AMBS has been awarded funding for a major project which will aim to improve the security of computer source code and thereby help reduce cyber security threats.
Over the last 20 years more than 2.8 trillion lines of code have been written but there are major challenges in the sector around security, quality, and plagiarism. It is estimated that small UK businesses are targeted by 65,000 cyber attacks daily, costing the average small business thousands of pounds, while studies have shown that the average computer developer spends almost half their time dealing with maintenance issues and debugging bad or poor-quality code.
No standardised approach
Currently there is no standardised approach to assessing and preventing vulnerabilities within source code management, and it requires a significant investment in time, money, and support from experienced personnel to review the code manually for defects.
The year-long project, funded by the UK Research and Innovation Impact Acceleration Account and the EPSRC (Engineering and Physical Sciences Research Council), will aim to help improve the productivity of professional developers. With the help of Artificial Intelligence (AI) and Machine Learning (ML) methods, it will look at how to check and remediate source code defects before exploitation, increasing the overall security of software products used by organisations.
Proof of concept
The team of researchers at AMBS, working with the Computer Science department at The University of Manchester and also with software escrow and cyber security specialist SES Secure, will develop and deliver a proof of concept that allows an AI programme to evaluate source code and discover weaknesses that could lead to security vulnerabilities.
The team will also investigate ML models that can automatically determine the most suitable algorithm and its parameters for SES’s new source code vulnerability detection platform, and for different programmes to increase detection accuracy and verification speed.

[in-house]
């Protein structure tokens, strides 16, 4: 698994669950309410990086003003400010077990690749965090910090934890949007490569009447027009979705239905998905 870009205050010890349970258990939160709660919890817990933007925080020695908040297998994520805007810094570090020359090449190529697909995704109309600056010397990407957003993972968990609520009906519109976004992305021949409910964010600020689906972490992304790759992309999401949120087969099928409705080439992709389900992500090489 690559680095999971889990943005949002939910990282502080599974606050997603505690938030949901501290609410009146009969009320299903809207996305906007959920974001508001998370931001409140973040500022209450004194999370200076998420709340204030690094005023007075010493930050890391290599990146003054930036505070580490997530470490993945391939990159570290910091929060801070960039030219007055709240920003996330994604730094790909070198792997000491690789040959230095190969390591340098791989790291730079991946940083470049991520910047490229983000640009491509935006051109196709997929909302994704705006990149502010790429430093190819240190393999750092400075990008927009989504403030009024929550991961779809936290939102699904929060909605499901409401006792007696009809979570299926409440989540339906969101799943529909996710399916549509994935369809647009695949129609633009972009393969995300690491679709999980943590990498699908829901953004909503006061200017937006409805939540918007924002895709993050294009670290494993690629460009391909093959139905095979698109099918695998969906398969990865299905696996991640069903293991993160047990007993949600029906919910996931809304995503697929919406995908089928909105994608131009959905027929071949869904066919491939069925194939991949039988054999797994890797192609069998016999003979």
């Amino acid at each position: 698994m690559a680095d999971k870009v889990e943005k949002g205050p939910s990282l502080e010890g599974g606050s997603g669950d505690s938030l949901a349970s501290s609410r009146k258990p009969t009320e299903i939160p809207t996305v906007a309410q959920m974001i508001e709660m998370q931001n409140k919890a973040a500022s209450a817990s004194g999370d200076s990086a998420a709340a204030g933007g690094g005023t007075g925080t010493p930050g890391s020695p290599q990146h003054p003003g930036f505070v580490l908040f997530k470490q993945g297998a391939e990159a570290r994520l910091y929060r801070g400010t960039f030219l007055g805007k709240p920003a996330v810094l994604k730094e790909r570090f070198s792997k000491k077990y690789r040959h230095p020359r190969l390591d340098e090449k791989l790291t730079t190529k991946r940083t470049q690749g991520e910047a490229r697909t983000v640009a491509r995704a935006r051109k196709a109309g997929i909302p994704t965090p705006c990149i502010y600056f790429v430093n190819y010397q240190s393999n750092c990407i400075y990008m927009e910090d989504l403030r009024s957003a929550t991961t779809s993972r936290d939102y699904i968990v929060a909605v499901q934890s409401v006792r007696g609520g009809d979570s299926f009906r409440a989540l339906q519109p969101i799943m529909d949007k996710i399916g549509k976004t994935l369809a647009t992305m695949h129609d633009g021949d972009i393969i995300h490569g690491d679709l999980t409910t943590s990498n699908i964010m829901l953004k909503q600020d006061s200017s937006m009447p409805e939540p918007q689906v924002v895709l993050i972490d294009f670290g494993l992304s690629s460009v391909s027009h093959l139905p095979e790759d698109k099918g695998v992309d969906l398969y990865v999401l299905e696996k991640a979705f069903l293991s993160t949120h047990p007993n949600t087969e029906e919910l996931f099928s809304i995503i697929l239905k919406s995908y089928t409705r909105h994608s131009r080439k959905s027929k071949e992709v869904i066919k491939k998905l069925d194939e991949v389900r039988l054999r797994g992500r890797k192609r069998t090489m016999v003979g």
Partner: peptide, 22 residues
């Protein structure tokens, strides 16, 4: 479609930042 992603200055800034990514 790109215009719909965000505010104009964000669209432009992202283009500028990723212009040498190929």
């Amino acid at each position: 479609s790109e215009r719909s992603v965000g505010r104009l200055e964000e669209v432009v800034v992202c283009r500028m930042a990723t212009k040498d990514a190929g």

Cyber security agenda
The project aligns well with The University of Manchester’s wider cyber security agenda driven by the Centre for Digital Trust and Society. For instance, AMBS is currently part way through a major research project, working with leading e-commerce business THG, to help prevent cyber attacks.
That project, entitled Soteria, is being funded by Innovate UK’s Digital Security by Design initiative which aims to prevent hackers from remotely taking control of digital systems such as autonomous cars, personal computers or smart home security systems.
Richard Allmendinger, Professor of Applied Artificial Intelligence at AMBS, said "This latest project is a fantastic opportunity to work, as part of an interdisciplinary team, towards using AI and ML to establish code that is trustworthy and safe to use by the public. The work also aligns very well with the many cyber security-related initiatives and projects that AMBS and The University of Manchester have ongoing, such as the Soteria project and Centre for Digital Trust and Society.”
Tom Sweet, Head of Technology at SES Secure, added: “The current state of software development and cyber security lends itself heavily to novel technologies such as artificial intelligence and machine learning, which can be used to identify and remediate weakness within source code even before they reach a production system.
“Our aim is to prove that this type of solution is not only viable, but an essential step towards safer software development and fewer breaches due to known and potentially unknown weaknesses. We also want to bring this technology to the wider industry and ensure SMEs have equitable access to the same cutting-edge solutions that are typically out of reach.”